27. Tezal M, Wactawski-Wende J, Grossi SG, Ho AW, Dunford R, Genco RJ.  The
    relationship between bone mineral density and periodontitis in postmenopausal women.  J Periodontol 2000; 71:1492-8.
  28. Karayianni K et al.  Accuracy in osteoporosis diagnosis of a combination of mandibular
    cortical  width measurement on dental panoramic radiographs and a clinical risk index
     (OSIRIS): the OSTEODENT project.  Bone 2007; 40:223-9.
  29. Lloyd R.  Summary of the role of the dental surgeon in detecting osteoporosis:
    OSTEODENT study.  Br Dent J 2008, 204:560-61.
  30. Taguchi A et al. & OSPD International Collaborative Group.  Observer performance in diagnosing osteoporosis by dental panoramic radiographs: results from the osteoporosis screening project in dentistry (OSPD). 
  31. Ruggiero SL, Mehrota B, Rosenberg TJ, Engroff SL. Osteonecrosis of the jaws
    Associated with the use of bisphosphonates: a review of 63 cases.  J Oral Maxillofac Surg 2004; 62:527-34. 
  32. Black DM et al.  Randomized trial of effect of alendronate on risk of fracture in women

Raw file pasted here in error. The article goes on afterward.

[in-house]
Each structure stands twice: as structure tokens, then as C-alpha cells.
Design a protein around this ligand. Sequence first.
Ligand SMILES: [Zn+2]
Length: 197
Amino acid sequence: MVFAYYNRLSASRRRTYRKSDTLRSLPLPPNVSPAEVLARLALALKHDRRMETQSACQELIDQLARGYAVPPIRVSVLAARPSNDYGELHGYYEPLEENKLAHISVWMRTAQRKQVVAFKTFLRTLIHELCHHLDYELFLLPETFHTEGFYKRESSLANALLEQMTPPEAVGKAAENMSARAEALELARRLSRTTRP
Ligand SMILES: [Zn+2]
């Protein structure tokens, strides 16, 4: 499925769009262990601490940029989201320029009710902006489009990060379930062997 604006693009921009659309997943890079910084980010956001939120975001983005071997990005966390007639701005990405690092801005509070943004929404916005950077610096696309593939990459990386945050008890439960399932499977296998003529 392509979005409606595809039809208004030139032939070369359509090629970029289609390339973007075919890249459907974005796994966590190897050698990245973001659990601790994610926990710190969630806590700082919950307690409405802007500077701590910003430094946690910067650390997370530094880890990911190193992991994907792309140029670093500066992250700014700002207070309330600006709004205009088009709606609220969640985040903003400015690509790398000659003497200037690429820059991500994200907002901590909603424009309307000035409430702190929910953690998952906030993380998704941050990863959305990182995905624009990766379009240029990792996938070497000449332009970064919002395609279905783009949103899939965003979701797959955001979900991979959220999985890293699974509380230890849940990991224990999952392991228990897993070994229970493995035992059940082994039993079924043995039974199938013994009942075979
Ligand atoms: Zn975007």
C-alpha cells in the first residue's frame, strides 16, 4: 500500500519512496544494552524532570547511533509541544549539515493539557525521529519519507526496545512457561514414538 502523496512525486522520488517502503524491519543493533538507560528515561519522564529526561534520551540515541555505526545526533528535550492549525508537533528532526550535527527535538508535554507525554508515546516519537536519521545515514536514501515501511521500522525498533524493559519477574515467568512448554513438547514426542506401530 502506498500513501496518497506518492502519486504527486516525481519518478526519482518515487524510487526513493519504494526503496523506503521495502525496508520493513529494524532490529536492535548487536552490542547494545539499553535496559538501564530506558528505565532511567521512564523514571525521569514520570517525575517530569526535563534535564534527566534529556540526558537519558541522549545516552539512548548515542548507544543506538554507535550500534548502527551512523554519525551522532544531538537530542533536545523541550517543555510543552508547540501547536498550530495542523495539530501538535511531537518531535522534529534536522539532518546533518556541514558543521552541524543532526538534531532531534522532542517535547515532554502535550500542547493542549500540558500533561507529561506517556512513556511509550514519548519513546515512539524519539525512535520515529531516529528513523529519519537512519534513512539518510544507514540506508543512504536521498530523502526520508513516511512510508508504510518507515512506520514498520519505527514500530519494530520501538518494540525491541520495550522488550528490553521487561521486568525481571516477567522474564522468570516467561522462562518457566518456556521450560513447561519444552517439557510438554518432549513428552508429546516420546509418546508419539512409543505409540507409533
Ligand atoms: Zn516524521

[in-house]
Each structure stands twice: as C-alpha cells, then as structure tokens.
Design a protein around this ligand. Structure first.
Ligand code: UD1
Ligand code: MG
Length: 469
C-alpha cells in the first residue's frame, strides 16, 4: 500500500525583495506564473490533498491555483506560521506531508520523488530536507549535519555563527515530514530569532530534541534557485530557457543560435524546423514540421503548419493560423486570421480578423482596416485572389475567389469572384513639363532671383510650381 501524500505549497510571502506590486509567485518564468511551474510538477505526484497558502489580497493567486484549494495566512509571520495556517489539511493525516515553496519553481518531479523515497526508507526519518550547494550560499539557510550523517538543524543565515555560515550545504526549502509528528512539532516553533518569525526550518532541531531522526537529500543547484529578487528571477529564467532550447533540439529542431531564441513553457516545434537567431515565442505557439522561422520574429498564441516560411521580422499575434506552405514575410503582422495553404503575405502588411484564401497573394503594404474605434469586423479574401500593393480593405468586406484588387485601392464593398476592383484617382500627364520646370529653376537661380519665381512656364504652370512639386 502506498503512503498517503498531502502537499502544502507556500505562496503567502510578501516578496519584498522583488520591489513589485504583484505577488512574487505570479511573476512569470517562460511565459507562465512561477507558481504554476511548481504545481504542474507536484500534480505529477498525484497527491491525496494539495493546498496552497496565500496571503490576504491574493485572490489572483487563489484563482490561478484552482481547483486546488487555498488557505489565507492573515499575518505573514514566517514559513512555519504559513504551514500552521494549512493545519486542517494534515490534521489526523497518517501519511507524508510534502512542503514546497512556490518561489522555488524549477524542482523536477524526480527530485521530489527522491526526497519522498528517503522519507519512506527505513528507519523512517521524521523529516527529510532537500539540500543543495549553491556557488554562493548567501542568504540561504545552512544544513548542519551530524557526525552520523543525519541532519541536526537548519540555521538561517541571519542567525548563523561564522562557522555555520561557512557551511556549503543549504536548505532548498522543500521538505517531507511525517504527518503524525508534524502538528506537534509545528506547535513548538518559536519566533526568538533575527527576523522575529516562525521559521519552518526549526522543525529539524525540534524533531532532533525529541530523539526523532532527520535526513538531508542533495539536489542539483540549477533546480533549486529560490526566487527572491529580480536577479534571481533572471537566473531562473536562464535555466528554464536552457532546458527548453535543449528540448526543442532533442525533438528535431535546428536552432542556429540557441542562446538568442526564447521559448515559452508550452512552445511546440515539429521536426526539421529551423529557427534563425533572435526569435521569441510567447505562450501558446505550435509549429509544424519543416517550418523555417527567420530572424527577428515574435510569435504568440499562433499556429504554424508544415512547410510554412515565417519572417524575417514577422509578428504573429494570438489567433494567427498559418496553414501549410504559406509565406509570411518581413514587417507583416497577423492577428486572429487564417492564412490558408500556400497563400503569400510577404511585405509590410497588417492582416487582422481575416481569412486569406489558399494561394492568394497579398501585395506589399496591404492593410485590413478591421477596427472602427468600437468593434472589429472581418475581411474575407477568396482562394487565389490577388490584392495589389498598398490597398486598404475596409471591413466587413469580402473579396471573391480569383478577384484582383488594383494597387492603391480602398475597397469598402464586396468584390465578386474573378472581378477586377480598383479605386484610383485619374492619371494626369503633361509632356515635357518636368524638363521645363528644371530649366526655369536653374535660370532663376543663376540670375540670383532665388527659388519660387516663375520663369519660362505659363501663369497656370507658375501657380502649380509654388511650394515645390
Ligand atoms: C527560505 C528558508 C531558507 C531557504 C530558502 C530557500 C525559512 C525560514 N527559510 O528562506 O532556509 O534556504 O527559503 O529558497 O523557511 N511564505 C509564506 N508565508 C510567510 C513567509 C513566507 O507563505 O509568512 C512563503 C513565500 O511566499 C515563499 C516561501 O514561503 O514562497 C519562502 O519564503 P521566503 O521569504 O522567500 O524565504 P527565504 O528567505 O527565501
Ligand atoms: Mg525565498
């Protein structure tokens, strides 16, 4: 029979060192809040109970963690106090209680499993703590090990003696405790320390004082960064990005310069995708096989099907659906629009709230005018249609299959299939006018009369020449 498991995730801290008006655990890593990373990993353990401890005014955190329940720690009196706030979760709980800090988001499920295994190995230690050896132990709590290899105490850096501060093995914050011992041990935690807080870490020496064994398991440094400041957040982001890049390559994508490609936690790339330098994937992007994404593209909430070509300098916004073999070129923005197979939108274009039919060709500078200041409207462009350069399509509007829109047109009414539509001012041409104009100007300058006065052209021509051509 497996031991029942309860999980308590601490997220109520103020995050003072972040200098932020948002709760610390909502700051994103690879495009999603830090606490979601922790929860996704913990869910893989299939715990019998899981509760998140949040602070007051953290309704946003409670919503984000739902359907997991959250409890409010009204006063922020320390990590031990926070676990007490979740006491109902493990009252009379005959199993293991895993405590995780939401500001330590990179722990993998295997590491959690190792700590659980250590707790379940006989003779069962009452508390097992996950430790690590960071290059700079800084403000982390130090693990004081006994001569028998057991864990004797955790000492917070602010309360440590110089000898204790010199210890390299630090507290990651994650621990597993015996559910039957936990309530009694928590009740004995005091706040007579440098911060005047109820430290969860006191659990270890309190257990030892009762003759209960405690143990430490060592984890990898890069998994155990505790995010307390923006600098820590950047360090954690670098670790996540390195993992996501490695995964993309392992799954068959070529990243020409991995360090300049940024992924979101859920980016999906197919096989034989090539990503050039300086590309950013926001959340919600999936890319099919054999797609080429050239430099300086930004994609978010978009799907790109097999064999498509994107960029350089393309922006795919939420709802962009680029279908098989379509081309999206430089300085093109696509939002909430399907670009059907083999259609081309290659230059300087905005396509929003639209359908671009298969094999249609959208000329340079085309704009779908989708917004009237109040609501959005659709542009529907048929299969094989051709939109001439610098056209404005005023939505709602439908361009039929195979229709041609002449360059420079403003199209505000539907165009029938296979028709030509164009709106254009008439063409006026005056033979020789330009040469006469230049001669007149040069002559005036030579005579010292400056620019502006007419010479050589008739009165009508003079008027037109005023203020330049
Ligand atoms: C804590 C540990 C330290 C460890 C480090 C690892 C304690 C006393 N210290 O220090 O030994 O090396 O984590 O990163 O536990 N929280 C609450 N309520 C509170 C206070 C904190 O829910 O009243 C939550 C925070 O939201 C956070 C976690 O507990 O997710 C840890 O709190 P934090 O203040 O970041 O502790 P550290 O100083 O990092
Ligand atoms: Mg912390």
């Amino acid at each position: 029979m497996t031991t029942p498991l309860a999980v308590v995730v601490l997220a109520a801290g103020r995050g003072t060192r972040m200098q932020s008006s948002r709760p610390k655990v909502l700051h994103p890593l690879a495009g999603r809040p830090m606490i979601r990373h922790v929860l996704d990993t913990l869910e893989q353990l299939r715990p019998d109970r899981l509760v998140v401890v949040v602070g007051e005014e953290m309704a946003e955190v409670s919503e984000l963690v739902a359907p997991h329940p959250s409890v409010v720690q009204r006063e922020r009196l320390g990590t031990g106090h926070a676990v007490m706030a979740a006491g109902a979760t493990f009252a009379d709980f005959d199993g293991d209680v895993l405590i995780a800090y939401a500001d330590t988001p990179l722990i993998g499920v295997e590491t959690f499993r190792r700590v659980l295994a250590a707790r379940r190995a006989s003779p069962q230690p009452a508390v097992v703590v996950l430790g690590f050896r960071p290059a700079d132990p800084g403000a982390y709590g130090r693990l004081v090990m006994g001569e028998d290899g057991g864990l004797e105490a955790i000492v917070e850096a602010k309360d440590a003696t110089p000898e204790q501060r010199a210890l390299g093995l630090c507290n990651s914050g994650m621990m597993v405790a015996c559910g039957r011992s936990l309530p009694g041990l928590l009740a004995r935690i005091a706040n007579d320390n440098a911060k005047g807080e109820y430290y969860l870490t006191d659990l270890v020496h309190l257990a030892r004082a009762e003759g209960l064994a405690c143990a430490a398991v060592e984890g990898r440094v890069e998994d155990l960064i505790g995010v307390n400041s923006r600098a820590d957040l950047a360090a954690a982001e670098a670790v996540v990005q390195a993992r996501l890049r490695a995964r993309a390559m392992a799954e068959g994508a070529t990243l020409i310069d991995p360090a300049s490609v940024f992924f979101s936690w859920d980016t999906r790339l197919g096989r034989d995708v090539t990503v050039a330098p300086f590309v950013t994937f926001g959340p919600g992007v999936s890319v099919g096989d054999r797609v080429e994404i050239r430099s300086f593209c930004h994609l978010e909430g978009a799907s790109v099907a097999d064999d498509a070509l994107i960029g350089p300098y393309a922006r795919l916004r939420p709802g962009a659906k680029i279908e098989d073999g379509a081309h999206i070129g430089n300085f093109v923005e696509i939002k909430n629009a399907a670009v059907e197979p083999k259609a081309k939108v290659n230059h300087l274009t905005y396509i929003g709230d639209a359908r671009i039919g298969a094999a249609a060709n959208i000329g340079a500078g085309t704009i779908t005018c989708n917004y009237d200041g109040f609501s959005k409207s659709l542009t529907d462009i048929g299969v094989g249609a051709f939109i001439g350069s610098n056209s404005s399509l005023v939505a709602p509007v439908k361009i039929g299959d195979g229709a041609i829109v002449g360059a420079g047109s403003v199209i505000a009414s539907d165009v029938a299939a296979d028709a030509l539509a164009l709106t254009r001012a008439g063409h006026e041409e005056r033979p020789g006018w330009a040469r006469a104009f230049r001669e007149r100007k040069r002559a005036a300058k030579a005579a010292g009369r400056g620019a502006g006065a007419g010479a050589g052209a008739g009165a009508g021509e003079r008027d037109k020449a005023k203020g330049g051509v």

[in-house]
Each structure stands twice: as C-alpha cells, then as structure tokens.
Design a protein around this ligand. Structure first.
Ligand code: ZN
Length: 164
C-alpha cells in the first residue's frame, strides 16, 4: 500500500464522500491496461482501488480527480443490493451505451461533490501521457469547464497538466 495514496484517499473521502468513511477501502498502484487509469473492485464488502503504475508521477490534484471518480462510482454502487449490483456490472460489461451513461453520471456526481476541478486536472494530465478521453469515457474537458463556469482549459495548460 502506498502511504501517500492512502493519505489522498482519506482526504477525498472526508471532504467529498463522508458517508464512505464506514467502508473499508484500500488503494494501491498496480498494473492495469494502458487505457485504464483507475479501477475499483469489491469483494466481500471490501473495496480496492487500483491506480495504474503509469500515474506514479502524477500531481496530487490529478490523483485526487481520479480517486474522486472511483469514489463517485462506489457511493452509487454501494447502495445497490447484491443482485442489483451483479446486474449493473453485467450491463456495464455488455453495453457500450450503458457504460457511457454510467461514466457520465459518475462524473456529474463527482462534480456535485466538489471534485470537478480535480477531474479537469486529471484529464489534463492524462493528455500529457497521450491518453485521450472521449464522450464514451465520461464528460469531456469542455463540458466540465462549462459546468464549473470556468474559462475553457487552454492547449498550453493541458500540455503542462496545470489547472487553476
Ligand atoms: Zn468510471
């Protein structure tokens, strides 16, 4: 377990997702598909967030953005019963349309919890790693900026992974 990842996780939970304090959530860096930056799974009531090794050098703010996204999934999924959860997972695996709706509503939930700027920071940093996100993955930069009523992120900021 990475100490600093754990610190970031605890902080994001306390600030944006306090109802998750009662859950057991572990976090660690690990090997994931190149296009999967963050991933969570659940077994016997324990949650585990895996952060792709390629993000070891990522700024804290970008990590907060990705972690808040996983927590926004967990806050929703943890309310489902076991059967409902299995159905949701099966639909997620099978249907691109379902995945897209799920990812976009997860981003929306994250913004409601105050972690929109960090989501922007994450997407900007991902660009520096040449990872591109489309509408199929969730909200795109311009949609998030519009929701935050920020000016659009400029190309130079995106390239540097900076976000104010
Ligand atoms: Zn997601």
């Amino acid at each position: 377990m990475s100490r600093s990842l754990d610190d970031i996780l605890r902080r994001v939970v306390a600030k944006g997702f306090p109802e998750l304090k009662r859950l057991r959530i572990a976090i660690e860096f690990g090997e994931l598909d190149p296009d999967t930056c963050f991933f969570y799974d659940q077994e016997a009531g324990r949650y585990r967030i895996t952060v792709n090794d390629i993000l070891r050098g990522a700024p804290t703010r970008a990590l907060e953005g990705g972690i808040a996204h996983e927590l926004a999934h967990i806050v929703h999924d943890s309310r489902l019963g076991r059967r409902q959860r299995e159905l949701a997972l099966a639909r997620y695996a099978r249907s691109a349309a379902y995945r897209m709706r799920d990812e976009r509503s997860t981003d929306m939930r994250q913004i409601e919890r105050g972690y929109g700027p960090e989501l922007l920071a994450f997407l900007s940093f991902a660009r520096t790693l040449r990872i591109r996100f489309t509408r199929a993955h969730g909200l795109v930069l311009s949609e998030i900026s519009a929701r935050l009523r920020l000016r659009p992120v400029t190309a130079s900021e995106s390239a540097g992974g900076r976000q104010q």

with existing vertebral fractures.  Lancet 1996; 348:1535-41. 
  33. Liberman UA et al.  Effects of oral alendronate on bone mineral density and the incidence
    of fractures in postmenopausal osteoporosis.  N Engl J Med 1995; 333:1437-43. 
  34. Schmidt LJ Rowe DJ.  The effects of bisphosphonates on alveolar bone loss.  Quintessence Int. 1987; 18:497-501. 
  35. Reddy MS, Weatherford TW, Smith CW, West BD, Jeffcoaat MK, Jacks TM.  Alendronate  treatment of naturally-occurring periodontitis in beagle dogs.  J Periodontol 1995; 66:211-17. 
  36. Harris ST, Blumentals WA, Miller PD.  Ibondronate and the risk of non-vertebral and
    clinical fractures in women with postmenopausal osteoporosis: results of a meta-analysis of phase III studies.  Curr Med Res Opin 2008; 24:237-45. 
  37. Foundation for Osteoporosis Research and Education: program overview.  Available at
  38. American Association of Clinical Endocrinologists: Clinical Guidelines for the Prevention  
    and treatment of postmenopausal osteoporosis.  www.aace.com
  39. Mohammad AR, Brunsvold MA, Bauer R.  The strength of association between systemic
    osteoporosis and periodontal disease.  Int J Prosthodont 1996; 9:479-83.  
  40. Roberts WE, Simmons KE, Garetto LP, DeCastro RA.  Bone physiology and metabolism
    in dental implantology: risk factors for osteoporosis and other metabolic bone diseases.  Implant Dent 1992; 1:11-21.